Pasar al contenido principal

Commemorating the Lives of Missing and Murdered Indigenous Women

By Nati Garcia (Maya Mam, CS Staff) 

Today, February 14, 2023, Valentine's Day, marks the 32nd Annual Women’s Memorial March which is held every year in Vancouver on February 14 to commemorate the lives of missing and murdered Indigenous women, and all women and underrepresented genders whose lives have been taken due to colonial systemic violence, poverty, racism, displacement, physical, mental, emotional, and spiritual violence, and historical genocide. Indigenous women, girls, and 2SLGBTQ+ people continue to live in fear of violence and disproportionately go missing. The loss and grief for the family members and community members have endured. The March is held as a space for healing and a call to the public for meaningful action.

According to Statistics Canada, between 2001 and 2015, Indigenous women were killed at a rate nearly six times higher than non-Indigenous women. The rate of violence against Indigenous women, girls, trans people, and Two-Spirit people is also staggeringly disproportionate compared to non-Indigenous people.

The first Women's Memorial March held in 1992 drew minimal attention, since then thousands of people have gathered in support of the inquiry of lost loved ones. The March starts at Hastings and Main in the Downtown Eastside of Unceded Coast Salish Territories, where family members of missing and murdered loved ones share their stories about why they march. In a circular route, Elders lead the March making various stops where loved ones' lives were taken, cleansing the space and leaving offerings of medicine and flowers. Following the March, there is a feast for the public.

So often there is attention drawn to dehumanize or silence the stories of missing and murdered Indigenous women, girls, trans people, Two-Spirits, and variant genders people where their lives are not seen as sacred. As Indigenous people, we hold value to our women and girls as sacred, not only as life givers but as warriors who are resilient, potent, and powerful beings in our cultural practices. Two-Spirit and other genders in Indigenous cultures were historically seen as diverse fluid people that could hold various roles such as medicine keepers, spiritual guides, healers, visionaries, artists, and warriors that were also given roles to men and women but were able to flux between roles of masculinity and femininity. There was no discrimination against genders. Most of the values and traditional practices have been eradicated by colonialism and are being recovered each generation.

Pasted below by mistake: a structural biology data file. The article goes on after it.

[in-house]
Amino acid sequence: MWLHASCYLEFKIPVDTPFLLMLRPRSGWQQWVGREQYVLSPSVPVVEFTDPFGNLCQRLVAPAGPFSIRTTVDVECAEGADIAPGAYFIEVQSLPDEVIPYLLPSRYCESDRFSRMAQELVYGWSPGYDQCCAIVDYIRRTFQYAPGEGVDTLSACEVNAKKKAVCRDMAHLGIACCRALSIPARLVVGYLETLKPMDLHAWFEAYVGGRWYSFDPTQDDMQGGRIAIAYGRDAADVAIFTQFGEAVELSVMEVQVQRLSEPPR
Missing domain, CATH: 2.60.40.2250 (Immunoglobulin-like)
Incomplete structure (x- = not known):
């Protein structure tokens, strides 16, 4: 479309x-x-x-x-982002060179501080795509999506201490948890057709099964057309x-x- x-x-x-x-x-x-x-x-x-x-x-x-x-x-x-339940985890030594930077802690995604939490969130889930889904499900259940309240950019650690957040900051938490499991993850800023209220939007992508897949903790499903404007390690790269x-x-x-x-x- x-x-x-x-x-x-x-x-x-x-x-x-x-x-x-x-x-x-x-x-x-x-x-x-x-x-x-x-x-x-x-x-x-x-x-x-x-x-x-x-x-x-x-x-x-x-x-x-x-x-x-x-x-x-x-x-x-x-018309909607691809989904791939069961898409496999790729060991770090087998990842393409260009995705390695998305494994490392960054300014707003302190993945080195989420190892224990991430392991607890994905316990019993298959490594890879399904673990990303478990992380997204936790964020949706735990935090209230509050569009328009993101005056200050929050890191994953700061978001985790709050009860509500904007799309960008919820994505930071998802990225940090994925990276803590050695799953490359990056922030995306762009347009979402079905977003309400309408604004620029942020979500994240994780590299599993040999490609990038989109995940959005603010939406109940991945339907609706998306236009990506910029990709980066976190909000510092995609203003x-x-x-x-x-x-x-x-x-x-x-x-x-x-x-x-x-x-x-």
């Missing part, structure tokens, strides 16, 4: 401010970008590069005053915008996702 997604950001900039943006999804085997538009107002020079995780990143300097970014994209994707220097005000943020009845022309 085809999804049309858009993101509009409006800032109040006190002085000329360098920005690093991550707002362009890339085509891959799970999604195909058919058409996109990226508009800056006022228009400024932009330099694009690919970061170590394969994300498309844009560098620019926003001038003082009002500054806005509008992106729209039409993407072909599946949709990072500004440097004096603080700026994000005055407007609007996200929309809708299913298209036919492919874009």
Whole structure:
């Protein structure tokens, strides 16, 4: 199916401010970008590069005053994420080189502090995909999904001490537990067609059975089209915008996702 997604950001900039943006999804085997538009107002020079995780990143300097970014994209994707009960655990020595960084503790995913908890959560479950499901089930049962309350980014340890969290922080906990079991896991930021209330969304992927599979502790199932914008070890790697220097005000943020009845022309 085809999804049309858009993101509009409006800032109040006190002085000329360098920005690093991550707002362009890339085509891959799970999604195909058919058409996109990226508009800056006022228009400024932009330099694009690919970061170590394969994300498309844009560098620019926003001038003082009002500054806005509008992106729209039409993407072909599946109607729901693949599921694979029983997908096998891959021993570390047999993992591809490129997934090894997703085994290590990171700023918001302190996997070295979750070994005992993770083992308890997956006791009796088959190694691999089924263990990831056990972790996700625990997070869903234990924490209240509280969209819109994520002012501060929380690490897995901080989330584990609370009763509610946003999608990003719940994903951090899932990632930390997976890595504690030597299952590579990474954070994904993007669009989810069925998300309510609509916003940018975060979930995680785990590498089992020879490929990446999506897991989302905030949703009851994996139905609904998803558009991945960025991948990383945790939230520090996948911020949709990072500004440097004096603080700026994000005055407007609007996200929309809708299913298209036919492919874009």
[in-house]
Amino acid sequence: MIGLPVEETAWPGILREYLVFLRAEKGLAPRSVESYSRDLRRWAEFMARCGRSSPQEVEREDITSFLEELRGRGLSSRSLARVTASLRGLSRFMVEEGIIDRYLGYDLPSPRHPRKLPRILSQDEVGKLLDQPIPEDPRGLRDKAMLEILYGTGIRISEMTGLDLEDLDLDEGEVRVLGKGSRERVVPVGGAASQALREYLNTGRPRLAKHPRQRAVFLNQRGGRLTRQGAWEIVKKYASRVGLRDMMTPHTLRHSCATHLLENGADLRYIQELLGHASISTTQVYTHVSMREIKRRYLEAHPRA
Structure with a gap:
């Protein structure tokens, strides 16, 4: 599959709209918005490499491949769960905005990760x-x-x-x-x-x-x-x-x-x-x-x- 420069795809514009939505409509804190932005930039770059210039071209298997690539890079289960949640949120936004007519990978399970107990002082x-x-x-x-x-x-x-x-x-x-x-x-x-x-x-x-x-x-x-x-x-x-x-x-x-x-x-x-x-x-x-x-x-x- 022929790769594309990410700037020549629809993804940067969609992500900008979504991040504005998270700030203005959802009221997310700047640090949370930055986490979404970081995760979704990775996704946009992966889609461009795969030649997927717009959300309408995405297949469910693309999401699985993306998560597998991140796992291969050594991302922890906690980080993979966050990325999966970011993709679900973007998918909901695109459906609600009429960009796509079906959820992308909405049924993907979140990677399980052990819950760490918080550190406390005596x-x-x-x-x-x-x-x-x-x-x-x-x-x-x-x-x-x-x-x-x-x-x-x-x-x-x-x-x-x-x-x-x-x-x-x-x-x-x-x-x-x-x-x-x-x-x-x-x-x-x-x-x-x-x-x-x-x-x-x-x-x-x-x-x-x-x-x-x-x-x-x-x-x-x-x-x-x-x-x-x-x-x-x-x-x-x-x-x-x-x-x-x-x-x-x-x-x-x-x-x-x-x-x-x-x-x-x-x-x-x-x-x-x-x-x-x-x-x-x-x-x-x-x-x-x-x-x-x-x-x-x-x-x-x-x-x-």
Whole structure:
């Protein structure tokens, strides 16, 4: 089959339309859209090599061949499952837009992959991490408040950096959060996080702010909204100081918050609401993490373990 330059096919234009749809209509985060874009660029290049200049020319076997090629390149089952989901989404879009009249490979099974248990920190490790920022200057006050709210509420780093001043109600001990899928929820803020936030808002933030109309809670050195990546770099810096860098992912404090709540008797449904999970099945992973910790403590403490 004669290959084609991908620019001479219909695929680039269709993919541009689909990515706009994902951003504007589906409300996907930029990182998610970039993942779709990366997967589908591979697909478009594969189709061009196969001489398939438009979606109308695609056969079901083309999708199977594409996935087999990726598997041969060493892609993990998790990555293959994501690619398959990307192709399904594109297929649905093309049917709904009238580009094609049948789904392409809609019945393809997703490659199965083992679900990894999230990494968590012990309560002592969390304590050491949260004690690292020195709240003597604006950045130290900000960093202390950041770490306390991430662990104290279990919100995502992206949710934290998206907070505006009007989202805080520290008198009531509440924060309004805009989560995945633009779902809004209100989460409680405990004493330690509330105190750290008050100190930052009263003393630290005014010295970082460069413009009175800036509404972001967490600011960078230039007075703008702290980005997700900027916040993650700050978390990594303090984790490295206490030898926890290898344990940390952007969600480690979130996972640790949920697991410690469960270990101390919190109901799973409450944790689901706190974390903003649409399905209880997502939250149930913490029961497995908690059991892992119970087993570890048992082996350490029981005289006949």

As we commemorate the lost lives, it is important to reflect on the importance of healing. The song that is sung during the March is known as the Women's Warrior song, it echoes through the alleys and the pulsing sound of the drums vibrates through the body, awakening emotions. The spirit of the ancestors emerges in many forms throughout the March sending their messages of strength to the relatives, families, and community members in grief. 

The song was gifted by Lil’wat Nation Elder Martina Pierre (Saw̓t) over 30 years ago. Elder Martina Pierre in a youtube video in 2016 published by the Women´s Memorial March committee, shares the story behind the song.

I was in a sweat lodge 29 years ago, and I was praying because my daughter at the time became a sing mother. When it was my turn to pray this song was what my prayer was and it sounded very familiar to me. I don’t know where I heard it before or if I have heard it at all. But I was crying out for help, so when we sing this song the first little verse is calling, calling for the higher powers, calling for the energy because it's there. Sometimes we forget to call. These first few calls are calling for the love of the universe, our greater power to come and look at me. I am just a lonely human being asking for help. And that is what it is to carry on every time we call. Every time we call, we call in all directions, we call for our ancestors, we call for our spiritual leaders who have gone before us and that is where the strength will come, the energy for us to stand together and overcome all of our issues. Overcome everything that we have inherited from residential schools, from the impact of the colonial system. Our women warriors need to stand together to protect our young mothers, our young children. And the men need to come up and be warriors and protect the communities. That is what I pray for today. I am marching today for that balance of life and peace for the other generations. When we talk about our seven generations, it's time for our drums, time for one of us to find our own song that will bring that energy of peace and love to ourselves and to those around us. Because if you radiate that love and peace it's going to attract others. 

The song is now a symbol of healing and strength that it was sung not only at the March and has become a national song that recognizes the importance of bringing back the imbalance of power across the gender spectrum. On this day, we send our prayers to families, relatives, and community members who are grieving the loss of a loved one. For many Indigenous cultures, prayers are a powerful energy that guides and supports the manifestation of healing. When we are in a community coming together in a circle, uniting our energies, the collective prayers amplify the connection with the ancestors and material world. We invite you to reflect on these teachings in creating space for meaningful impact for Indigenous women, girls, and 2SLGBTQ+ people. 


Watch the live stream of the March here: